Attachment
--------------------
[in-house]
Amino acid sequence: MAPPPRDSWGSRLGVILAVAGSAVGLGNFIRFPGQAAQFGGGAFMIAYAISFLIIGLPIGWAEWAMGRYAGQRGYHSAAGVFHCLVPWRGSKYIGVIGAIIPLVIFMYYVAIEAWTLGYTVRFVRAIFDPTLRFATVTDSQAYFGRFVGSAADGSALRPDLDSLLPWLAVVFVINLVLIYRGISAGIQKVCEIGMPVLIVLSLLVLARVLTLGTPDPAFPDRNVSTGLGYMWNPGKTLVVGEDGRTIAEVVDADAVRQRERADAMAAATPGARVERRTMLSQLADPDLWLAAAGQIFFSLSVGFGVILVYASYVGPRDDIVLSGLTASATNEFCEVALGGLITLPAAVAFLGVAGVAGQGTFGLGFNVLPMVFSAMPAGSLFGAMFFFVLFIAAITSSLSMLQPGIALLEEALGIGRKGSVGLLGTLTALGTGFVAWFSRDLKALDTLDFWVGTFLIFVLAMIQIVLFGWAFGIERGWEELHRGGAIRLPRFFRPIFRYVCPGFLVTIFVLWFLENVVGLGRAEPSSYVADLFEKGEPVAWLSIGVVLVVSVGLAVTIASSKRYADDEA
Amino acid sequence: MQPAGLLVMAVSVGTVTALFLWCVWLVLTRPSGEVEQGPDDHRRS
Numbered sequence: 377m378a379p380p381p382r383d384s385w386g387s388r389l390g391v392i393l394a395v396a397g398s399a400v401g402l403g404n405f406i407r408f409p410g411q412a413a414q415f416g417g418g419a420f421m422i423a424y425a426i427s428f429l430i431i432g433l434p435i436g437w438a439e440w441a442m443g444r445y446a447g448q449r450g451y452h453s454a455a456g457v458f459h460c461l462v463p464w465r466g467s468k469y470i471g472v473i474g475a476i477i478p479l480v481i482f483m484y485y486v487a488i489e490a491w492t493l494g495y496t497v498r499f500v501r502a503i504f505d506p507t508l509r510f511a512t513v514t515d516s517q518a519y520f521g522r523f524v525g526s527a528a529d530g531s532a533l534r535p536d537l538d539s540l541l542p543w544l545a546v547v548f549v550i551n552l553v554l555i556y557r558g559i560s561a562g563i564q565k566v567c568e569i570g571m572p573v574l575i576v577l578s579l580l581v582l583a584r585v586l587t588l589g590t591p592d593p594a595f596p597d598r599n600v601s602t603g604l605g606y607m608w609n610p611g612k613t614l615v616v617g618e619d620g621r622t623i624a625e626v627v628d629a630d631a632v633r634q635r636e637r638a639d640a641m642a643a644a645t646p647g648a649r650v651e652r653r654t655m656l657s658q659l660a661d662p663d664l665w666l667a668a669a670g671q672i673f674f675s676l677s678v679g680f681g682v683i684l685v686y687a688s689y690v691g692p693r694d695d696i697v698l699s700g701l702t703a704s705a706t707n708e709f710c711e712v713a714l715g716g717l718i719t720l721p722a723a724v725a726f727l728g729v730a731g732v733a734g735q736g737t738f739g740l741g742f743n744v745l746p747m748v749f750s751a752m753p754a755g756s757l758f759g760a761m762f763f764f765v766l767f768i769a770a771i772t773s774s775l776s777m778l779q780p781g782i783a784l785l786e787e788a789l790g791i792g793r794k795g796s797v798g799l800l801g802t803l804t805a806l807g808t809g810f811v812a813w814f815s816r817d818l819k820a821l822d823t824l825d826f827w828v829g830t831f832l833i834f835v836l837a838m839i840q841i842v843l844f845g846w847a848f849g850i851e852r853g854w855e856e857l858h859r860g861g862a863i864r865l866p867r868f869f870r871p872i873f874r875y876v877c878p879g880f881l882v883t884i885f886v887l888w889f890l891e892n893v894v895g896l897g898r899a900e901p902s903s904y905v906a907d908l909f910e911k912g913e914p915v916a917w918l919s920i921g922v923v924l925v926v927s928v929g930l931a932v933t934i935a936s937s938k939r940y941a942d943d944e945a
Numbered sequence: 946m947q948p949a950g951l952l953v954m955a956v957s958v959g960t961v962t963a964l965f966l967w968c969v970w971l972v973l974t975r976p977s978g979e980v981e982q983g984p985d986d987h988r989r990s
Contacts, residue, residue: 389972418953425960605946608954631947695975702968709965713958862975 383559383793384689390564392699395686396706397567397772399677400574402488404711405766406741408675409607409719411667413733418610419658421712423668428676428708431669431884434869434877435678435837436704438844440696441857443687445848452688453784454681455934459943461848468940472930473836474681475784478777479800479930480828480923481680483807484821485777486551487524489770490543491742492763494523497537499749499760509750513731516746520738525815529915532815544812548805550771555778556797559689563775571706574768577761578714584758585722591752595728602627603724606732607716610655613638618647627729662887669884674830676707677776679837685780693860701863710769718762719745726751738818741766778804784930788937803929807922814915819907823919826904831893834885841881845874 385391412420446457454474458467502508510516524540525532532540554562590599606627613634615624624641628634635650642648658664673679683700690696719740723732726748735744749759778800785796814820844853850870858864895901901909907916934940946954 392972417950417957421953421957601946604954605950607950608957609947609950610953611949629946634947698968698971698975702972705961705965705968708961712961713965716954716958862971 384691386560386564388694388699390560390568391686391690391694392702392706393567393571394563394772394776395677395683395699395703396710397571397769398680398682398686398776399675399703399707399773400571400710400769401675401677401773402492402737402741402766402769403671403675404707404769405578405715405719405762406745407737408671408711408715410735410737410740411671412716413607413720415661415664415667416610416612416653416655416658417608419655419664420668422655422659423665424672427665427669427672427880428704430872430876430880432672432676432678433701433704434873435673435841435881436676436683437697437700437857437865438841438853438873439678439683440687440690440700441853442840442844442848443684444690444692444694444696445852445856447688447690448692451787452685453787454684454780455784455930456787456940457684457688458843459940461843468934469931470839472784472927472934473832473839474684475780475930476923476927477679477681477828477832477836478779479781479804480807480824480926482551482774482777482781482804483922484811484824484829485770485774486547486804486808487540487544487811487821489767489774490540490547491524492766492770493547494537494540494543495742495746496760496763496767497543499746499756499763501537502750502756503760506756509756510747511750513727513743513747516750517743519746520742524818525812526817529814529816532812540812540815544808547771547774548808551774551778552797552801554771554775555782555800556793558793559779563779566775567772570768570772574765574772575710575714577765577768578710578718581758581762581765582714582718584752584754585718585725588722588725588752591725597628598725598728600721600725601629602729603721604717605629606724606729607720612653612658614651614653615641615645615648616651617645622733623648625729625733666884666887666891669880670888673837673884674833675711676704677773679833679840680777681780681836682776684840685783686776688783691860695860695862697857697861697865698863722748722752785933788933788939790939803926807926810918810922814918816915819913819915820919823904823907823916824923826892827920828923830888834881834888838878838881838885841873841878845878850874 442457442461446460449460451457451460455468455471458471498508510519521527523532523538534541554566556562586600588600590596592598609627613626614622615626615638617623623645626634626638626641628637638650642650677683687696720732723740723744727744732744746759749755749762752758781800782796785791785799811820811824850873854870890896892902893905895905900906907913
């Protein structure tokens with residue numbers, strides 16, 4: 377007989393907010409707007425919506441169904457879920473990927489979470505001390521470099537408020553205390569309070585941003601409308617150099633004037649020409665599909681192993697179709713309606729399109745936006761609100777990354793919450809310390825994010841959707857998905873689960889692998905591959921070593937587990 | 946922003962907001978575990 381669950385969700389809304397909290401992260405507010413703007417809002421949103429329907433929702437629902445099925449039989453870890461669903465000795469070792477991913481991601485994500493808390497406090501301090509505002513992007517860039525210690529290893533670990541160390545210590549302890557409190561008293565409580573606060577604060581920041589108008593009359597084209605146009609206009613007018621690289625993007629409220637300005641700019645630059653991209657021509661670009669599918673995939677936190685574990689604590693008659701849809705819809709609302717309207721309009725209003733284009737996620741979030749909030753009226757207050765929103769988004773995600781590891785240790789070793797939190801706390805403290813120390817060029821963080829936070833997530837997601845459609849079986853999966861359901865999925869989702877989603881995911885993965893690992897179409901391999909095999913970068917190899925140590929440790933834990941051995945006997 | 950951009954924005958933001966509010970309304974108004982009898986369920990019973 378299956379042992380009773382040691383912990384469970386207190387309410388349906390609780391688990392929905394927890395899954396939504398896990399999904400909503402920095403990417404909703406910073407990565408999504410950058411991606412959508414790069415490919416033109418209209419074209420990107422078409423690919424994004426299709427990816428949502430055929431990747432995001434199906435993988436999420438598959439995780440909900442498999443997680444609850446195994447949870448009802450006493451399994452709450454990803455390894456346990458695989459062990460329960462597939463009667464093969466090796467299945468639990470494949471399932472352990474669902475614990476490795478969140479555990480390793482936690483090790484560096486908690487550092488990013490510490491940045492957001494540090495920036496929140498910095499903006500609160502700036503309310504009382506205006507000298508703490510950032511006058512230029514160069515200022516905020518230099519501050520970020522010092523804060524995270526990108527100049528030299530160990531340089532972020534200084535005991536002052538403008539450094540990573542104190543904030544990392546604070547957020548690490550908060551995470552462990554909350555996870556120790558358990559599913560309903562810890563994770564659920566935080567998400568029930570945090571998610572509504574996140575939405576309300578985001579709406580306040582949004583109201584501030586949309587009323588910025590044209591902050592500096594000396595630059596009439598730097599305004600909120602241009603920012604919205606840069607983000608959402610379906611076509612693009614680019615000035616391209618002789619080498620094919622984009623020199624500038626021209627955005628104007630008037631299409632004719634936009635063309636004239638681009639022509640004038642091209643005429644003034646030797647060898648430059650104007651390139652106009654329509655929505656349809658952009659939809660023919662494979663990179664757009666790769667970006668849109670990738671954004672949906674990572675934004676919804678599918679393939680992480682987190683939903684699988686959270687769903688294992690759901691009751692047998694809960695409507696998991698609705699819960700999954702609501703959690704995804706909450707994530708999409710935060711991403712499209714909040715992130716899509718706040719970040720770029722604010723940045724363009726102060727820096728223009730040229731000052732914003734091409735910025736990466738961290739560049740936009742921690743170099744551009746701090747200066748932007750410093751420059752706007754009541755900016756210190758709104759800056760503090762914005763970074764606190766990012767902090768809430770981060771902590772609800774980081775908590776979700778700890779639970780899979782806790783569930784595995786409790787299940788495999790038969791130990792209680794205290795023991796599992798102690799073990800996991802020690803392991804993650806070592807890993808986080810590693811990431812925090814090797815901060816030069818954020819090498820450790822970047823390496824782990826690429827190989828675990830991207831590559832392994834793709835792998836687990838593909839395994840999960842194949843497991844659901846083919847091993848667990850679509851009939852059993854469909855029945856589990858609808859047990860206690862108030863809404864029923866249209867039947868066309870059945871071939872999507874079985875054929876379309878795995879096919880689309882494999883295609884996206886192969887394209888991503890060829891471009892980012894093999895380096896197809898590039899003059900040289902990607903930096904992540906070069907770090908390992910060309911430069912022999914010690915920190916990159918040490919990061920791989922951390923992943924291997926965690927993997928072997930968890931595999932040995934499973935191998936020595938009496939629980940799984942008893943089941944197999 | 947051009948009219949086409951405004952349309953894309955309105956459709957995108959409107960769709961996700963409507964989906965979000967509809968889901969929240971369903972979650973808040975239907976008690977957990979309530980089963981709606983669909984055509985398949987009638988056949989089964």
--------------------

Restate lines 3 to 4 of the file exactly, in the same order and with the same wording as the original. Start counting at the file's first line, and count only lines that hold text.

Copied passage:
Amino acid sequence: MQPAGLLVMAVSVGTVTALFLWCVWLVLTRPSGEVEQGPDDHRRS
Numbered sequence: 377m378a379p380p381p382r383d384s385w386g387s388r389l390g391v392i393l394a395v396a397g398s399a400v401g402l403g404n405f406i407r408f409p410g411q412a413a414q415f416g417g418g419a420f421m422i423a424y425a426i427s428f429l430i431i432g433l434p435i436g437w438a439e440w441a442m443g444r445y446a447g448q449r450g451y452h453s454a455a456g457v458f459h460c461l462v463p464w465r466g467s468k469y470i471g472v473i474g475a476i477i478p479l480v481i482f483m484y485y486v487a488i489e490a491w492t493l494g495y496t497v498r499f500v501r502a503i504f505d506p507t508l509r510f511a512t513v514t515d516s517q518a519y520f521g522r523f524v525g526s527a528a529d530g531s532a533l534r535p536d537l538d539s540l541l542p543w544l545a546v547v548f549v550i551n552l553v554l555i556y557r558g559i560s561a562g563i564q565k566v567c568e569i570g571m572p573v574l575i576v577l578s579l580l581v582l583a584r585v586l587t588l589g590t591p592d593p594a595f596p597d598r599n600v601s602t603g604l605g606y607m608w609n610p611g612k613t614l615v616v617g618e619d620g621r622t623i624a625e626v627v628d629a630d631a632v633r634q635r636e637r638a639d640a641m642a643a644a645t646p647g648a649r650v651e652r653r654t655m656l657s658q659l660a661d662p663d664l665w666l667a668a669a670g671q672i673f674f675s676l677s678v679g680f681g682v683i684l685v686y687a688s689y690v691g692p693r694d695d696i697v698l699s700g701l702t703a704s705a706t707n708e709f710c711e712v713a714l715g716g717l718i719t720l721p722a723a724v725a726f727l728g729v730a731g732v733a734g735q736g737t738f739g740l741g742f743n744v745l746p747m748v749f750s751a752m753p754a755g756s757l758f759g760a761m762f763f764f765v766l767f768i769a770a771i772t773s774s775l776s777m778l779q780p781g782i783a784l785l786e787e788a789l790g791i792g793r794k795g796s797v798g799l800l801g802t803l804t805a806l807g808t809g810f811v812a813w814f815s816r817d818l819k820a821l822d823t824l825d826f827w828v829g830t831f832l833i834f835v836l837a838m839i840q841i842v843l844f845g846w847a848f849g850i851e852r853g854w855e856e857l858h859r860g861g862a863i864r865l866p867r868f869f870r871p872i873f874r875y876v877c878p879g880f881l882v883t884i885f886v887l888w889f890l891e892n893v894v895g896l897g898r899a900e901p902s903s904y905v906a907d908l909f910e911k912g913e914p915v916a917w918l919s920i921g922v923v924l925v926v927s928v929g930l931a932v933t934i935a936s937s938k939r940y941a942d943d944e945a